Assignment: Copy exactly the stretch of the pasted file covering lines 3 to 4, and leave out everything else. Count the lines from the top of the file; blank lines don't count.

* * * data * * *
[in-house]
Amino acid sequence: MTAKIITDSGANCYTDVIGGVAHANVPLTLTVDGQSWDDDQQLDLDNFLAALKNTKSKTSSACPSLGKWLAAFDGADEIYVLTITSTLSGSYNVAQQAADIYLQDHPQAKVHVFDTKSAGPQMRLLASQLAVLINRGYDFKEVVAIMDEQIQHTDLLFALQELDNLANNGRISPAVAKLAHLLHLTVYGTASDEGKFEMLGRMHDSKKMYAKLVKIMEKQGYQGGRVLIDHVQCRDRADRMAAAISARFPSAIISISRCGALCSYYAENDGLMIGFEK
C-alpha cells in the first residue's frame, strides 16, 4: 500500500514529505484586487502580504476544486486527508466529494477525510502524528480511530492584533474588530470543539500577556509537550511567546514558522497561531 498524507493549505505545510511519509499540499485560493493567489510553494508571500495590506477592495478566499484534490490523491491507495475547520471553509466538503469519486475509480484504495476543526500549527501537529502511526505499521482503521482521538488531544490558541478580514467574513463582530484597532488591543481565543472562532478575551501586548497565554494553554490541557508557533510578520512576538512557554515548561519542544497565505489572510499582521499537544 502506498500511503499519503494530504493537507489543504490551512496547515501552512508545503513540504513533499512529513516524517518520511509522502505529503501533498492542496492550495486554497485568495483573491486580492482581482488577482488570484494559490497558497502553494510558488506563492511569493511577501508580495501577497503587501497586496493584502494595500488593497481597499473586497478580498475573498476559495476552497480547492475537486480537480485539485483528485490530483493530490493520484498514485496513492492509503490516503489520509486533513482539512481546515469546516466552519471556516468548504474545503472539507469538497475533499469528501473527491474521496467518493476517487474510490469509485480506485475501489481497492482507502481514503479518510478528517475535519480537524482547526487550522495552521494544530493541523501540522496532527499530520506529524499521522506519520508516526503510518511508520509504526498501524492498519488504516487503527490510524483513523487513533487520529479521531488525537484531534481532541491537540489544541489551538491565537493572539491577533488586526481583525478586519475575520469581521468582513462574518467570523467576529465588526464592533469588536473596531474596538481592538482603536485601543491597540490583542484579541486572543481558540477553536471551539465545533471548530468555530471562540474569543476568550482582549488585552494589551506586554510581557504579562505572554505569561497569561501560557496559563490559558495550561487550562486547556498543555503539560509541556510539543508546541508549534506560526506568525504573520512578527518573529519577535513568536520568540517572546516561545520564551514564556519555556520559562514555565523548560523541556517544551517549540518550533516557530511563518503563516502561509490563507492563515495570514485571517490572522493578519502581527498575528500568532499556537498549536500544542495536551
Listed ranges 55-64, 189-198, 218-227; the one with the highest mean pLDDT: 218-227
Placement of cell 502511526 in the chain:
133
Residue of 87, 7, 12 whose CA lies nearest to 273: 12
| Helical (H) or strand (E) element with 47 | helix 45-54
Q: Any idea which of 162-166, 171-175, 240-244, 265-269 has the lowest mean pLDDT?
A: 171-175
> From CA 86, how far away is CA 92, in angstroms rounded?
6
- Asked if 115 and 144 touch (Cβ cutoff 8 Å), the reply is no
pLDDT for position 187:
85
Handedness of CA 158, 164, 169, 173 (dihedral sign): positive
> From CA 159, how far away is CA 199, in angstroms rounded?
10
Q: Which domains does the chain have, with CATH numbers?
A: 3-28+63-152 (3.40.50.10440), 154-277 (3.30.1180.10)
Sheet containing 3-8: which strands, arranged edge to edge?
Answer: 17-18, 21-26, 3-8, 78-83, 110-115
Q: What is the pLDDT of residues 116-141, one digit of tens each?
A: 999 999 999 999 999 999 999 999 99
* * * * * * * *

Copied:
C-alpha cells in the first residue's frame, strides 16, 4: 500500500514529505484586487502580504476544486486527508466529494477525510502524528480511530492584533474588530470543539500577556509537550511567546514558522497561531 498524507493549505505545510511519509499540499485560493493567489510553494508571500495590506477592495478566499484534490490523491491507495475547520471553509466538503469519486475509480484504495476543526500549527501537529502511526505499521482503521482521538488531544490558541478580514467574513463582530484597532488591543481565543472562532478575551501586548497565554494553554490541557508557533510578520512576538512557554515548561519542544497565505489572510499582521499537544 502506498500511503499519503494530504493537507489543504490551512496547515501552512508545503513540504513533499512529513516524517518520511509522502505529503501533498492542496492550495486554497485568495483573491486580492482581482488577482488570484494559490497558497502553494510558488506563492511569493511577501508580495501577497503587501497586496493584502494595500488593497481597499473586497478580498475573498476559495476552497480547492475537486480537480485539485483528485490530483493530490493520484498514485496513492492509503490516503489520509486533513482539512481546515469546516466552519471556516468548504474545503472539507469538497475533499469528501473527491474521496467518493476517487474510490469509485480506485475501489481497492482507502481514503479518510478528517475535519480537524482547526487550522495552521494544530493541523501540522496532527499530520506529524499521522506519520508516526503510518511508520509504526498501524492498519488504516487503527490510524483513523487513533487520529479521531488525537484531534481532541491537540489544541489551538491565537493572539491577533488586526481583525478586519475575520469581521468582513462574518467570523467576529465588526464592533469588536473596531474596538481592538482603536485601543491597540490583542484579541486572543481558540477553536471551539465545533471548530468555530471562540474569543476568550482582549488585552494589551506586554510581557504579562505572554505569561497569561501560557496559563490559558495550561487550562486547556498543555503539560509541556510539543508546541508549534506560526506568525504573520512578527518573529519577535513568536520568540517572546516561545520564551514564556519555556520559562514555565523548560523541556517544551517549540518550533516557530511563518503563516502561509490563507492563515495570514485571517490572522493578519502581527498575528500568532499556537498549536500544542495536551
Listed ranges 55-64, 189-198, 218-227; the one with the highest mean pLDDT: 218-227